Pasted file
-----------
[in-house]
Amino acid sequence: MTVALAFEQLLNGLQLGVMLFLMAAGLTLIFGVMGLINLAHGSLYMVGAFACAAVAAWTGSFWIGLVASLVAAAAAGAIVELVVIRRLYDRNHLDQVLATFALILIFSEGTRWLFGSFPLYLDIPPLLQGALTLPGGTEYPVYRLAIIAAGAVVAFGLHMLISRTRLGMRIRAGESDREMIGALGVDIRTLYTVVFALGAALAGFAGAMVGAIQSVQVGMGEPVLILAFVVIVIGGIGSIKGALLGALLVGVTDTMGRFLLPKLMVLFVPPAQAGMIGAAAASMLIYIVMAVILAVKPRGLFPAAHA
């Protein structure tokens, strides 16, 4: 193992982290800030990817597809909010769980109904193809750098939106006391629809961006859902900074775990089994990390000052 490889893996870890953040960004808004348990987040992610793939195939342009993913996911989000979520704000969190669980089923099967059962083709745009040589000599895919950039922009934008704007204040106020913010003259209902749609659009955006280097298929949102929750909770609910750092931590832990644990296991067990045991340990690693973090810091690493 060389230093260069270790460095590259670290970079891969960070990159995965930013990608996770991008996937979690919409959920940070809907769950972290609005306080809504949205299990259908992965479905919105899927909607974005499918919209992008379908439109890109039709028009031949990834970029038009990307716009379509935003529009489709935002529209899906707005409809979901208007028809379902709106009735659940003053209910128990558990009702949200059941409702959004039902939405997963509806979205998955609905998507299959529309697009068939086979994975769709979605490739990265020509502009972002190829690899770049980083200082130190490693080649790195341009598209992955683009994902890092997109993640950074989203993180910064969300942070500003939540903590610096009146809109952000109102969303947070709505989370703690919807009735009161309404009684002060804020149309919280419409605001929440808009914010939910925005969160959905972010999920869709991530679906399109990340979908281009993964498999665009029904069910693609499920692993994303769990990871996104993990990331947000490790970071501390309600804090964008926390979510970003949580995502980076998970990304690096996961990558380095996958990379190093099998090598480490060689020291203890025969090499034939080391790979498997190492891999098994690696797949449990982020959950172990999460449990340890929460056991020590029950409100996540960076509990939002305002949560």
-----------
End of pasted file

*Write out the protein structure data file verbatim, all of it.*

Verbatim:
[in-house]
Amino acid sequence: MTVALAFEQLLNGLQLGVMLFLMAAGLTLIFGVMGLINLAHGSLYMVGAFACAAVAAWTGSFWIGLVASLVAAAAAGAIVELVVIRRLYDRNHLDQVLATFALILIFSEGTRWLFGSFPLYLDIPPLLQGALTLPGGTEYPVYRLAIIAAGAVVAFGLHMLISRTRLGMRIRAGESDREMIGALGVDIRTLYTVVFALGAALAGFAGAMVGAIQSVQVGMGEPVLILAFVVIVIGGIGSIKGALLGALLVGVTDTMGRFLLPKLMVLFVPPAQAGMIGAAAASMLIYIVMAVILAVKPRGLFPAAHA
């Protein structure tokens, strides 16, 4: 193992982290800030990817597809909010769980109904193809750098939106006391629809961006859902900074775990089994990390000052 490889893996870890953040960004808004348990987040992610793939195939342009993913996911989000979520704000969190669980089923099967059962083709745009040589000599895919950039922009934008704007204040106020913010003259209902749609659009955006280097298929949102929750909770609910750092931590832990644990296991067990045991340990690693973090810091690493 060389230093260069270790460095590259670290970079891969960070990159995965930013990608996770991008996937979690919409959920940070809907769950972290609005306080809504949205299990259908992965479905919105899927909607974005499918919209992008379908439109890109039709028009031949990834970029038009990307716009379509935003529009489709935002529209899906707005409809979901208007028809379902709106009735659940003053209910128990558990009702949200059941409702959004039902939405997963509806979205998955609905998507299959529309697009068939086979994975769709979605490739990265020509502009972002190829690899770049980083200082130190490693080649790195341009598209992955683009994902890092997109993640950074989203993180910064969300942070500003939540903590610096009146809109952000109102969303947070709505989370703690919807009735009161309404009684002060804020149309919280419409605001929440808009914010939910925005969160959905972010999920869709991530679906399109990340979908281009993964498999665009029904069910693609499920692993994303769990990871996104993990990331947000490790970071501390309600804090964008926390979510970003949580995502980076998970990304690096996961990558380095996958990379190093099998090598480490060689020291203890025969090499034939080391790979498997190492891999098994690696797949449990982020959950172990999460449990340890929460056991020590029950409100996540960076509990939002305002949560």